Why Massachusetts Banned Christmas In 1659

Matt Lillywhite

Many Americans don't know that Christmas was once banned in Massachusetts. However, it's a true fact that it was prohibited for several decades in the 1600s.

"The Massachusetts Bay Colony enacted a law called Penalty for Keeping Christmas. The notion was that such festivals as were superstitiously kept in other countries were a great dishonor of God and offense of others," per Massachusetts Law Updates (a government website).

The Rationale Behind Banning Christmas In 1659.

The Puritans in England banned Christmas as one of their first acts after overthrowing the monarch, King Charles. Consequently, Parliament declared December 25th a day of fasting and humiliation for Englishmen to atone for their sins.

A few years later, the Puritans of New England decided to follow suit. So, in 1659, the General Court of the Massachusetts Bay Colony made it a criminal offense to celebrate Christmas. They also said that "whosoever shall be found observing any such day as Christmas or the like, either by forbearing of labor, feasting or any other way," would receive a 5-shilling fine.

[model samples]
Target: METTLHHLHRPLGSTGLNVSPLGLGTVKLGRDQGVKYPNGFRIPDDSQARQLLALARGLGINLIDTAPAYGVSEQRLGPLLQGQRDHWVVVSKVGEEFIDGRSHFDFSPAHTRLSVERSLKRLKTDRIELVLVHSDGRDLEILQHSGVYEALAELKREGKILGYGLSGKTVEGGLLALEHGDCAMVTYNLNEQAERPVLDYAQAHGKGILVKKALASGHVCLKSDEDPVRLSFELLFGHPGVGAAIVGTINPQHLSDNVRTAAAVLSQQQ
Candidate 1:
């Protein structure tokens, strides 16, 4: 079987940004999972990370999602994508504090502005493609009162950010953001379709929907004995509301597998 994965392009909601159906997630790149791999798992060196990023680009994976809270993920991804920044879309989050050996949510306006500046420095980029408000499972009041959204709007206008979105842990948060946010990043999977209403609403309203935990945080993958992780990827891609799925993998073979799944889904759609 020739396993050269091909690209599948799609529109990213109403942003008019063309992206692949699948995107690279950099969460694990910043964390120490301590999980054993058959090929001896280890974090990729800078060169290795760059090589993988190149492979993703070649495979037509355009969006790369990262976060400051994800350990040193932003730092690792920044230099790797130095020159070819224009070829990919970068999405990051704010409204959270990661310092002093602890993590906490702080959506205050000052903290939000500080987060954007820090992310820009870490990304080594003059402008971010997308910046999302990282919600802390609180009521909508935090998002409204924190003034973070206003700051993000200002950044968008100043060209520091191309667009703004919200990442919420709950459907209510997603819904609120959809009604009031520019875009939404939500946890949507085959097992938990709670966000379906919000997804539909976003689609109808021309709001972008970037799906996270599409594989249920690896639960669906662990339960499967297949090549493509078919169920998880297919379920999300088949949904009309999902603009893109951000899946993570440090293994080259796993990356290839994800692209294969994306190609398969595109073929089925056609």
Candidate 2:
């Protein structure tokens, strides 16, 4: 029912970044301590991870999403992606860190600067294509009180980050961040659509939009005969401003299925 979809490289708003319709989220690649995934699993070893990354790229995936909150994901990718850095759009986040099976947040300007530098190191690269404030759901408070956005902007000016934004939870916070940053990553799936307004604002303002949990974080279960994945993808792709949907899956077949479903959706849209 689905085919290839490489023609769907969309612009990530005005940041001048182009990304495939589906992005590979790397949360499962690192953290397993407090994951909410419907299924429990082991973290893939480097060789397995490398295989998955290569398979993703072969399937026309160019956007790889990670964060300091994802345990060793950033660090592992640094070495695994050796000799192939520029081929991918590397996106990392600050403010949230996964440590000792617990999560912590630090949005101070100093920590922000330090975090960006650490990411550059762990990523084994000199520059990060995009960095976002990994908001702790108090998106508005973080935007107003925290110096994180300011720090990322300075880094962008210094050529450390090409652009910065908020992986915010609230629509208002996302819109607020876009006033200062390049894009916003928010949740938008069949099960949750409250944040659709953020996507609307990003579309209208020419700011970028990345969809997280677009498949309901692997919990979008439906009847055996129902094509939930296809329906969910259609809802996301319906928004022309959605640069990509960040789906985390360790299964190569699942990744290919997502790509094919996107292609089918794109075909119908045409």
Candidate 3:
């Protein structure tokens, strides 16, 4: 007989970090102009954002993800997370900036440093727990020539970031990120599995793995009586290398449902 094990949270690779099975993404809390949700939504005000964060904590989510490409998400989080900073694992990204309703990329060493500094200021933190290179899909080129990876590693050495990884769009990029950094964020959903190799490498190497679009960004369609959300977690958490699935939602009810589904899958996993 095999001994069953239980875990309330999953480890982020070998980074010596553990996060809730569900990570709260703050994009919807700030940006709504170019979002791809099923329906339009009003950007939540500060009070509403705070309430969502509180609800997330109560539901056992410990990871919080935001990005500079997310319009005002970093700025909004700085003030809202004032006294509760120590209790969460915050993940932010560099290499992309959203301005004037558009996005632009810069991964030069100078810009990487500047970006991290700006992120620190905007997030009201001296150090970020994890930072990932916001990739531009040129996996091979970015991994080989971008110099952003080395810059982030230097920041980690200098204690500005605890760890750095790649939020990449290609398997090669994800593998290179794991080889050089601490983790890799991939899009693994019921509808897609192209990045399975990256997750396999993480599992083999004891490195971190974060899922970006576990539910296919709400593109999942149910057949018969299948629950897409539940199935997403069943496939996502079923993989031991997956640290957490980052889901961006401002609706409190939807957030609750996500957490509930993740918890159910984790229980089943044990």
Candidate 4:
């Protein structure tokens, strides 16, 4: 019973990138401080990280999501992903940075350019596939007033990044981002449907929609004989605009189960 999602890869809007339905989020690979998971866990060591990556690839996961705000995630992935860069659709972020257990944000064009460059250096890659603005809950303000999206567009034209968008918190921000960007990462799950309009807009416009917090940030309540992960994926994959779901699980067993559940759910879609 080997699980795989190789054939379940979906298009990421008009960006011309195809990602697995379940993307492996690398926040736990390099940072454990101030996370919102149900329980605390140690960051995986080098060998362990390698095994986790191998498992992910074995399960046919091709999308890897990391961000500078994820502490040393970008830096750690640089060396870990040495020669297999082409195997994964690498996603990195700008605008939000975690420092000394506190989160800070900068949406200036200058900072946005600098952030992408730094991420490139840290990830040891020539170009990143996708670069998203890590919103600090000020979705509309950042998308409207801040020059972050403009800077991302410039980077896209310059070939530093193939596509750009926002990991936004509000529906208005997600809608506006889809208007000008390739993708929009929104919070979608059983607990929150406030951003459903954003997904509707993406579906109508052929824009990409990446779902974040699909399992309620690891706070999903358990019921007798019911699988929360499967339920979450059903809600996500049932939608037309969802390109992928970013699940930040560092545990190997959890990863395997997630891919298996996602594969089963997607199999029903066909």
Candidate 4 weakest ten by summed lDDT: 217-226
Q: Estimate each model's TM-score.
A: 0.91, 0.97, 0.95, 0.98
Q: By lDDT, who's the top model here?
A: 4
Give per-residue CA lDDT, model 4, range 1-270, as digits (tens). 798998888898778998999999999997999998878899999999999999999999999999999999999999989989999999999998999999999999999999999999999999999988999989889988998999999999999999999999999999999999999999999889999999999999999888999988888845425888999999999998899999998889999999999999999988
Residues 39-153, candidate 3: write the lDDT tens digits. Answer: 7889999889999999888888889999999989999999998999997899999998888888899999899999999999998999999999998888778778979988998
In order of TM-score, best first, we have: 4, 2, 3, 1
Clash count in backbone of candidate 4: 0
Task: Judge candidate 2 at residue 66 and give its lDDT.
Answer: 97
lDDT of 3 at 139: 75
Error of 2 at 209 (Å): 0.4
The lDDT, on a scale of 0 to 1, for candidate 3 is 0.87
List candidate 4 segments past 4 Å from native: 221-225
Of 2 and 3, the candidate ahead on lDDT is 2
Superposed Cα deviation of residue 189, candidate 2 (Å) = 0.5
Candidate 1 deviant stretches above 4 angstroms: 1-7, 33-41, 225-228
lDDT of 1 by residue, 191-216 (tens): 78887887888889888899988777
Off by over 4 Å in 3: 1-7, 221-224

The Infamous Christmas Ban Was Lifted In 1681.

In 1681, laws prohibiting the celebration of Christmas were removed, but devout Puritans continued to view the holiday as a disgrace. To them, Christmas symbolized royal officialdom, outsider involvement in local affairs, lewd conduct, and a hindrance to their sacred mission. But almost two centuries after the ban, Christmas became a public holiday in Massachusetts in 1856.

What do you think about Massachusetts banning Christmas? Leave a comment with your thoughts. And if you think more people should read this article, share it on social media.

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